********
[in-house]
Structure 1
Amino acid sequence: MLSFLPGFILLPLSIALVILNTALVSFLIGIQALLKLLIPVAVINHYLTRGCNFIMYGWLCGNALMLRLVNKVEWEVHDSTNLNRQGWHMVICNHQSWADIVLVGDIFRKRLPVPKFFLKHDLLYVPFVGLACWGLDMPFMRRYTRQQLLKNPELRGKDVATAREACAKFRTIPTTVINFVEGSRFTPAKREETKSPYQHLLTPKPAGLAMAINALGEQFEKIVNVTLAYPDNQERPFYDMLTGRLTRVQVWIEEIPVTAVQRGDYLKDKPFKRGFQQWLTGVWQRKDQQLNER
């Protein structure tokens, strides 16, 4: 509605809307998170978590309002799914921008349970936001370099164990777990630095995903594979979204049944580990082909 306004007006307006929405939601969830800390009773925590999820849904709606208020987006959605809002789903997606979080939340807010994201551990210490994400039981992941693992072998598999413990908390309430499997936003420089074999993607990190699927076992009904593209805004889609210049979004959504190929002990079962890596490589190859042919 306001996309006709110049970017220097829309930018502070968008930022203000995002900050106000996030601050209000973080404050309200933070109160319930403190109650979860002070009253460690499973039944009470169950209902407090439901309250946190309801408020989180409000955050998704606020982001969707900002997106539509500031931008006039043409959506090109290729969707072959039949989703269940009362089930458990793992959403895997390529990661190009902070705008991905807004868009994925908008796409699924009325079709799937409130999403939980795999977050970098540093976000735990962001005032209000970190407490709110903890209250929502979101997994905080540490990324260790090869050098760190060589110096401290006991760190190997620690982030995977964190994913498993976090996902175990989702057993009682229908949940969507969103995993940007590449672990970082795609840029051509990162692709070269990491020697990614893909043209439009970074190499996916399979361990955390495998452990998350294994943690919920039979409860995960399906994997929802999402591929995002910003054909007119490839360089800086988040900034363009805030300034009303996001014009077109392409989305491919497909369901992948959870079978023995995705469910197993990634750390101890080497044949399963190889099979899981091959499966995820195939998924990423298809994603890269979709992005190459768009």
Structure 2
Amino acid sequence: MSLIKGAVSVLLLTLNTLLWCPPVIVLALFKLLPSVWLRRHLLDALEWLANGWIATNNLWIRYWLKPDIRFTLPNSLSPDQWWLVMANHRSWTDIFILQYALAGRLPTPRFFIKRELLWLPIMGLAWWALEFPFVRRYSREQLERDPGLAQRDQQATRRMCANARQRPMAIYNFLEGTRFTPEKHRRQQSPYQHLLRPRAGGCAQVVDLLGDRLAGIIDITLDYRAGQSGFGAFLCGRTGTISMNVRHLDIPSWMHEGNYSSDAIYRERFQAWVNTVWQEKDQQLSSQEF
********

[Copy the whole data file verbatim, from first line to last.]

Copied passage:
[in-house]
Structure 1
Amino acid sequence: MLSFLPGFILLPLSIALVILNTALVSFLIGIQALLKLLIPVAVINHYLTRGCNFIMYGWLCGNALMLRLVNKVEWEVHDSTNLNRQGWHMVICNHQSWADIVLVGDIFRKRLPVPKFFLKHDLLYVPFVGLACWGLDMPFMRRYTRQQLLKNPELRGKDVATAREACAKFRTIPTTVINFVEGSRFTPAKREETKSPYQHLLTPKPAGLAMAINALGEQFEKIVNVTLAYPDNQERPFYDMLTGRLTRVQVWIEEIPVTAVQRGDYLKDKPFKRGFQQWLTGVWQRKDQQLNER
């Protein structure tokens, strides 16, 4: 509605809307998170978590309002799914921008349970936001370099164990777990630095995903594979979204049944580990082909 306004007006307006929405939601969830800390009773925590999820849904709606208020987006959605809002789903997606979080939340807010994201551990210490994400039981992941693992072998598999413990908390309430499997936003420089074999993607990190699927076992009904593209805004889609210049979004959504190929002990079962890596490589190859042919 306001996309006709110049970017220097829309930018502070968008930022203000995002900050106000996030601050209000973080404050309200933070109160319930403190109650979860002070009253460690499973039944009470169950209902407090439901309250946190309801408020989180409000955050998704606020982001969707900002997106539509500031931008006039043409959506090109290729969707072959039949989703269940009362089930458990793992959403895997390529990661190009902070705008991905807004868009994925908008796409699924009325079709799937409130999403939980795999977050970098540093976000735990962001005032209000970190407490709110903890209250929502979101997994905080540490990324260790090869050098760190060589110096401290006991760190190997620690982030995977964190994913498993976090996902175990989702057993009682229908949940969507969103995993940007590449672990970082795609840029051509990162692709070269990491020697990614893909043209439009970074190499996916399979361990955390495998452990998350294994943690919920039979409860995960399906994997929802999402591929995002910003054909007119490839360089800086988040900034363009805030300034009303996001014009077109392409989305491919497909369901992948959870079978023995995705469910197993990634750390101890080497044949399963190889099979899981091959499966995820195939998924990423298809994603890269979709992005190459768009």
Structure 2
Amino acid sequence: MSLIKGAVSVLLLTLNTLLWCPPVIVLALFKLLPSVWLRRHLLDALEWLANGWIATNNLWIRYWLKPDIRFTLPNSLSPDQWWLVMANHRSWTDIFILQYALAGRLPTPRFFIKRELLWLPIMGLAWWALEFPFVRRYSREQLERDPGLAQRDQQATRRMCANARQRPMAIYNFLEGTRFTPEKHRRQQSPYQHLLRPRAGGCAQVVDLLGDRLAGIIDITLDYRAGQSGFGAFLCGRTGTISMNVRHLDIPSWMHEGNYSSDAIYRERFQAWVNTVWQEKDQQLSSQEF